Maegan Rudolph, Undergraduate Senior

Maegan Rudolph

Hometown: Greer, SC
BME Degree Program: B.S. in BME, Biomechanics and Mechanobiology (BMMB)

Why Cornell?
I was recruited to swim at Cornell so the coaches and the team culture certainly played a role in my decision, but on the academic side I knew Cornell had a fantastic engineering program while still encouraging students to branch out with liberal studies. In addition, Ithaca was beautiful, and I looked forward to spending time hiking around the gorges and swimming in the lake.

Why BME?
I saw majoring in BME as an opportunity to develop problem solving and collaboration skills while working in a field that truly betters people’s lives. I’ve most enjoyed learning how the human body itself functions as a combination of engineering systems and recognizing the scientific principles behind things we all experience on a daily basis.

How did you decide on your BME concentration, Biomechanics and Mechanobiology (BMMB)?
As I think many athletes in BME would say, biomechanics appealed to me because I knew it would allow me to explore the science behind my sport and any injuries that either I had personally experienced or that I had witnessed my teammates experience over the years. I was also pleasantly surprised by how fascinating mechanobiology ended up being. In one of my BMMB electives, MAE 4640: Orthopaedic Tissue Mechanics with Professor Christopher Hernandez, we learned that the gut microbiome can influence tissue strength which was definitely something I had never considered, so it’s been incredibly interesting to see how the micro level can influence the macro level through biomechanics and mechanobiology.

What was it like to pursue and finish your degree during the pandemic?
It’s been nice to have a few more hours in the day by not having to commute across campus multiple times, but my classmates and I have missed some exciting labs due to pandemic restrictions. However, the BME faculty have been accommodating and have created as immersive of a lab experience as possible, and I feel my cohort has adapted very well to a hybrid learning environment. 

What advice might you give other students considering BME?
The workload can be extremely time-consuming, but finding a way to make the material interesting for yourself can have a tremendous impact. Fortunately, there are so many fascinating phenomena which we discuss in BME so I’ve found it easy to be excited about the material, and that’s what has helped me get through the most challenging assignments.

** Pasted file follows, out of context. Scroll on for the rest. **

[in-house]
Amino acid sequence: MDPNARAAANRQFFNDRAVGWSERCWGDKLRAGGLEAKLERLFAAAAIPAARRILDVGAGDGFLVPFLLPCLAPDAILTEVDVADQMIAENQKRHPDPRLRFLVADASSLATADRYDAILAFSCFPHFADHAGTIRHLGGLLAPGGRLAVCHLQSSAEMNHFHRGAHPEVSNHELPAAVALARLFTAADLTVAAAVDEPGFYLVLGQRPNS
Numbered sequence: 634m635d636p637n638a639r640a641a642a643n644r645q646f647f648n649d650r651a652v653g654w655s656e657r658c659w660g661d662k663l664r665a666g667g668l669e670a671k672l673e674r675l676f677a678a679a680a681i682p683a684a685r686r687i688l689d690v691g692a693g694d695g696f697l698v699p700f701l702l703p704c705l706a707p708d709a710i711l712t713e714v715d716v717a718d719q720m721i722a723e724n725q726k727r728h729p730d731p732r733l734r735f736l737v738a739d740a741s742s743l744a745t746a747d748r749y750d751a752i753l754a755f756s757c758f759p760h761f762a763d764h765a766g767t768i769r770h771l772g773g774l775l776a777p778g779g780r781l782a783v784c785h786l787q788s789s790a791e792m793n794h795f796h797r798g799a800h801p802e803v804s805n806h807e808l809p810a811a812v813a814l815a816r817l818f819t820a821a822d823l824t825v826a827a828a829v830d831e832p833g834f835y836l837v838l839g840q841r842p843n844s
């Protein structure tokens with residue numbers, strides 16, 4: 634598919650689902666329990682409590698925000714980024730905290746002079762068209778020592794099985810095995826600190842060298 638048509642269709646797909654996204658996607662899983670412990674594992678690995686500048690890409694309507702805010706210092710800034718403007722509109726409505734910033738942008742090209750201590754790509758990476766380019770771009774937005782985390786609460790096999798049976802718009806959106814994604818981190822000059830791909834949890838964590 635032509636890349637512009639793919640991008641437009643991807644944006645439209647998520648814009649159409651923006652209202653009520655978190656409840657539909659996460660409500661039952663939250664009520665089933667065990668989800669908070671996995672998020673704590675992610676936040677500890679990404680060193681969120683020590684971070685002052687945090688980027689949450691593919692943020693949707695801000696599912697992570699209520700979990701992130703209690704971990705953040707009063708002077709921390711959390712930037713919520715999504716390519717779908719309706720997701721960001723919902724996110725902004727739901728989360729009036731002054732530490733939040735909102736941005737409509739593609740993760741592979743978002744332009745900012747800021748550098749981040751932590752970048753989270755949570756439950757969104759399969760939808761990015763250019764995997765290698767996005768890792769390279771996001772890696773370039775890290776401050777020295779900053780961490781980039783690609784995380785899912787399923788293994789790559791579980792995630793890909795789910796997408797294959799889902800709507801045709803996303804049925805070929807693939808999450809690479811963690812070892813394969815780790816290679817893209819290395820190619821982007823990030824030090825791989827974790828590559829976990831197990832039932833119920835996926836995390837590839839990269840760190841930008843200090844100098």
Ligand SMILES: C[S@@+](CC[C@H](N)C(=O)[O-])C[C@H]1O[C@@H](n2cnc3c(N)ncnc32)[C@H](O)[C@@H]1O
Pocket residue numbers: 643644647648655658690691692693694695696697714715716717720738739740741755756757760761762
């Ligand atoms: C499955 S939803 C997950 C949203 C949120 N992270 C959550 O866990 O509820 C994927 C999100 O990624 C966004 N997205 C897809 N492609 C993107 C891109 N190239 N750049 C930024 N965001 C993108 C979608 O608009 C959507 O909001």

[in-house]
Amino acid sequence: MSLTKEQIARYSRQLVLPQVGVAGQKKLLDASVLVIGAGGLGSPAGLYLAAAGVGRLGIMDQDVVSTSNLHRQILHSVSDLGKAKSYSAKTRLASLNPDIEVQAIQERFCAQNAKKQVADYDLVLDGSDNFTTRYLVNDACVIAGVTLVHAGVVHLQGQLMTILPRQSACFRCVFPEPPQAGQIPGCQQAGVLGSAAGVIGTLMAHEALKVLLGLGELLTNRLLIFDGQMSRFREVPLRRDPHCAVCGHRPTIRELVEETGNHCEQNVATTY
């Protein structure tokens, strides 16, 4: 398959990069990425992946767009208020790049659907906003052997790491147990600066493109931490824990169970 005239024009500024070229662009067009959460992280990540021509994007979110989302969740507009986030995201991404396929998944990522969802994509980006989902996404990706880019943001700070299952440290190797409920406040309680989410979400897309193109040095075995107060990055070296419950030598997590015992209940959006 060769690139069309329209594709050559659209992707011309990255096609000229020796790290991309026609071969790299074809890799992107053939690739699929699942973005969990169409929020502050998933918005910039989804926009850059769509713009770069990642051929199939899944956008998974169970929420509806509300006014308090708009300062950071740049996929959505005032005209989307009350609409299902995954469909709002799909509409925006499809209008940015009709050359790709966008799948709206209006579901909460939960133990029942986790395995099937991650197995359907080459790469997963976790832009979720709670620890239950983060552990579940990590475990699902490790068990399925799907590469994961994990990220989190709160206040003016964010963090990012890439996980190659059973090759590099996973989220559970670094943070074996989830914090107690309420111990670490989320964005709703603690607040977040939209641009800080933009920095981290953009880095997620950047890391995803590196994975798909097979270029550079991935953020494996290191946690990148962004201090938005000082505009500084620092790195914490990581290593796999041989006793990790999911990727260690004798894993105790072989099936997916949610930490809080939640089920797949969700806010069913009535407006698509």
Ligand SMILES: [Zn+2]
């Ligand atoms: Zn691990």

maegan rudolph swimming for Cornell Varsity swim team
Maegan Rudolph swimming at the 2020 Ivy League Championships (just before the pandemic began).

Any interests outside of or in relationship to your scholarship?
Varsity swimming has by far been my greatest involvement and representing Cornell Athletics has been a treasured experience over the last four years. Aside from that I was most recently a tutor for Students Helping Students, an organization which was launched at the start of the pandemic to provide enrichment to the children of Weill Cornell Medicine employees who were working around the clock. In addition, I spent a couple of semesters and a summer working as a biochemistry intern for Zymtronix in the McGovern Center, the startup incubator in Weill Hall. This was a fantastic opportunity to see the real-world applications of my coursework and to learn how a variety of scientific and engineering disciplines can come together cohesively to create a cutting-edge company.

What’s the next step for you?
After graduation, I’ll be moving to San Francisco and working as an Associate Consultant at Trinity Life Sciences. My teammates have often expressed that consulting has a working environment reminiscent of the supportive team which we have all valued during our time at Cornell. The more I learned about it, the more I could see myself working in the field, and I knew that healthcare consulting specifically would allow me to apply the analytical skills I have developed in BME while continuing to learn about a variety of areas within healthcare and medicine. 

Favorite quote that helps inspire you in your work/life?
“You can’t be stressed and thankful at the same time - Jon Gordon.” - Patrick Stephen Gallagher 

The first time I heard this quote was right before Thanksgiving my freshman year, the most grueling time of year for the Swimming and Diving team. I presume my coach had recently read a Jon Gordon book because he would say this day after day to remind my team to focus on the good things when we were feeling overwhelmed. Over the past four years, he has frequently reiterated this when he sees we could use a change of mindset, and I try to remind myself of his words whenever things seem daunting.

More Spotlights